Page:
South Korean electronic parts suppliers Samsung Electro-Mechanics Co. Ltd, Apple’s supplier of multi-layer ceramic capacitors, dropped more than 5 percent, while LG Innotek Co. Ltd. plunged 9.5 percent.
Apple said earlier this month it would stop giving the number of iPhones, iPads and Mac computers it sold in a quarter, a closely watched metric and a key indicator of the company’s success.
The move led analysts to question the company’s business and its share price has since dropped 12.6 percent.
“(This) indicates that the company itself is not confident about its performance at the moment,” said Park Jung-hoon, a fund manager at HDC Asset Management, which owns Samsung Electronics shares.
“Although Apple has positioned itself as a super-expensive handset maker providing high-end products, its strategy has not been working in emerging markets including China and India as Chinese vendors have been making iPhone-like products,” he said.


Getting more women into leadership positions top priority: CEO

This June 23, 2018 photo, shows a general view of Riyadh, Saudi Arabia. (AP)
Updated 18 January 2020

Getting more women into leadership positions top priority: CEO

  • Saudi Arabia is focusing on the Business 20 (B20), making this one of the key engagement groups. Women in Business will be Saudi Arabia’s signature topic

RIYADH: The boss of one of Saudi Arabia’s biggest banks says that getting more women into leadership positions is a top priority.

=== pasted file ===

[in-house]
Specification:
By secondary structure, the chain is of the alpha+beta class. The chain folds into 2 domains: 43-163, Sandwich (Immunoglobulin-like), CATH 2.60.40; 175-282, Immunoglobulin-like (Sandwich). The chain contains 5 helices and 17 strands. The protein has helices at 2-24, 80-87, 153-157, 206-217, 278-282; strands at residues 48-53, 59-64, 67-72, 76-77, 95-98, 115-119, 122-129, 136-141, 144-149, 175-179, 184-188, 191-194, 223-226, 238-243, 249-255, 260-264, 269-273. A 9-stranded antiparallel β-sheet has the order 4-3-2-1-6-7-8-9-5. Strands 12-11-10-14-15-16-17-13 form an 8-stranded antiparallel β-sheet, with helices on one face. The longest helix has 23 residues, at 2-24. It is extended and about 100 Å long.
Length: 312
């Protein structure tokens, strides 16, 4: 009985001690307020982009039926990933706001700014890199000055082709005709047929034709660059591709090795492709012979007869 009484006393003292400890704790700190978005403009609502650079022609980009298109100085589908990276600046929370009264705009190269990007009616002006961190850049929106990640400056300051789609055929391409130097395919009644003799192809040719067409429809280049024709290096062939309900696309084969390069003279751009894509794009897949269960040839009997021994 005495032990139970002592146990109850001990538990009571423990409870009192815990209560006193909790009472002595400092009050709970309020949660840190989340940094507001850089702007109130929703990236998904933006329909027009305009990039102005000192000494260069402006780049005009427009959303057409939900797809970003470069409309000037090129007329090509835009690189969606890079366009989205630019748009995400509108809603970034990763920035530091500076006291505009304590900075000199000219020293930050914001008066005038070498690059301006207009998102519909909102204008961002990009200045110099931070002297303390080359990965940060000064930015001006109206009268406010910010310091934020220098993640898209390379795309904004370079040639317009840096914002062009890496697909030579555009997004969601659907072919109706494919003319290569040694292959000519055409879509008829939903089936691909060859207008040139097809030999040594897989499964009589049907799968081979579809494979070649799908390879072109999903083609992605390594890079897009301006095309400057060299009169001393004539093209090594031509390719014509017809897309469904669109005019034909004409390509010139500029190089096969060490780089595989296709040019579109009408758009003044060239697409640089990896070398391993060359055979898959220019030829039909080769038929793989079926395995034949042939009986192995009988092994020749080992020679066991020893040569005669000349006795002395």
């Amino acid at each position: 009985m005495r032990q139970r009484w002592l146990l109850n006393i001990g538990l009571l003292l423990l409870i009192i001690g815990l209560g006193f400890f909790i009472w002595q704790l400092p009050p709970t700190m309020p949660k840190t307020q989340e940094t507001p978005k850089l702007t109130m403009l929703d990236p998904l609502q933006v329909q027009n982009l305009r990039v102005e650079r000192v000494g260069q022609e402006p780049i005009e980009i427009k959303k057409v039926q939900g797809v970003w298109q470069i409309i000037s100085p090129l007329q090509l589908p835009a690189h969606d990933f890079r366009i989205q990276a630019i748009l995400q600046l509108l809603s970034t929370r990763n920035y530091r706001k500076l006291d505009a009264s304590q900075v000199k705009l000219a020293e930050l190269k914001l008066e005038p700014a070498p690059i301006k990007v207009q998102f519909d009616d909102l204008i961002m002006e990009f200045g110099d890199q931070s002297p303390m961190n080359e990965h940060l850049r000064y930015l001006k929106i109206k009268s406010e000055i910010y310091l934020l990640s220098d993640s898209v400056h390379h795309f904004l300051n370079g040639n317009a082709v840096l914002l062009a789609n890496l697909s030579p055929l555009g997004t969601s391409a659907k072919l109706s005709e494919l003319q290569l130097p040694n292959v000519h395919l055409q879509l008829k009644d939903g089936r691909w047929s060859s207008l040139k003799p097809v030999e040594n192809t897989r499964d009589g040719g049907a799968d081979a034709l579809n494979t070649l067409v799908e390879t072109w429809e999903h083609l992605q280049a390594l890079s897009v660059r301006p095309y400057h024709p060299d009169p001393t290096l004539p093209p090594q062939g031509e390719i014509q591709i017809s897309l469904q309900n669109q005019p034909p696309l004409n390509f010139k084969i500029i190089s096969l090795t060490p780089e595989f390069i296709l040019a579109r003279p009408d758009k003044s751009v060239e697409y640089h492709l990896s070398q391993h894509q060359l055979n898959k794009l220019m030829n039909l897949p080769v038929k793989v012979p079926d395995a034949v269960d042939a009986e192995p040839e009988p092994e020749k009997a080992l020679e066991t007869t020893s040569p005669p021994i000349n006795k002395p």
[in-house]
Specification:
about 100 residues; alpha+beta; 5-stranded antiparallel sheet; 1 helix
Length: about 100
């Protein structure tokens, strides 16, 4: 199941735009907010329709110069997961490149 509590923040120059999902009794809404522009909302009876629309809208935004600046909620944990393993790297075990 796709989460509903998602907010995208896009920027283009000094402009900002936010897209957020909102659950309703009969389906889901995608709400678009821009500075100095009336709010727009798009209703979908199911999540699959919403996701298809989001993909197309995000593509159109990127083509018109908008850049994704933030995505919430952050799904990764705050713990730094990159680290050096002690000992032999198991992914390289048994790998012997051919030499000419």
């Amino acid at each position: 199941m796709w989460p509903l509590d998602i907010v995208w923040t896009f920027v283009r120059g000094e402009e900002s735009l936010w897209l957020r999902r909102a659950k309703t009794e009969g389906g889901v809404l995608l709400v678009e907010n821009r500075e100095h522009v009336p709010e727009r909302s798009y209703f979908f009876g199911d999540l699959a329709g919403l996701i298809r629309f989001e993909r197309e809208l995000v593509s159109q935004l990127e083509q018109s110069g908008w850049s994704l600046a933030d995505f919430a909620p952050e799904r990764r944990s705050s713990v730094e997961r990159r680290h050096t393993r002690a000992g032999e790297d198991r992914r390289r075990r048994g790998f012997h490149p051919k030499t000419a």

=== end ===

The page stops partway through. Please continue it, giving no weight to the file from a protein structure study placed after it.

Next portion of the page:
Samba CEO Rania Nashar chairs the action council for Women in Business created by the Business Twenty (B20), which is the official G20 dialogue with the business community. It represents the global business community across all G20 member states and all economic sectors.
She said the council was set up to boost women’s particpation not only in business but also in global leadership positions.
During the launch of the B20 in Saudi Arabia this week, Nashar highlighted the under-representation of women in the economy.
“There is a gap of 27 percent between male and female workers; 75 percent of males are part of the labor force while only 48 percent of females are working,” she said.
She said it was important not to just talk about women as workers but as business owners.

FASTFACT

Saudi Arabia will host the 15th G20 Summit in Riyadh on Nov. 21-22, 2020.

“That’s why entrepreneurship is very fundamental to our task force,” she said.  “The majority of the finance development programs have incentives for giving loans to females; however, despite the fact that many large borrowers are females, the amount of loans granted to them is far below what is granted to males,” she added.
Nashar said that two-thirds of female business founders feel that they were not taken seriously by investors when they pitch for investments. They also feel that they are treated differently from their male counterparts.
Saudi Arabia will host the 15th G20 Summit in Riyadh on Nov. 21-22, 2020. The Kingdom is focusing on the Business 20 (B20), making this one of the key engagement groups. Women in Business will be Saudi Arabia’s signature topic.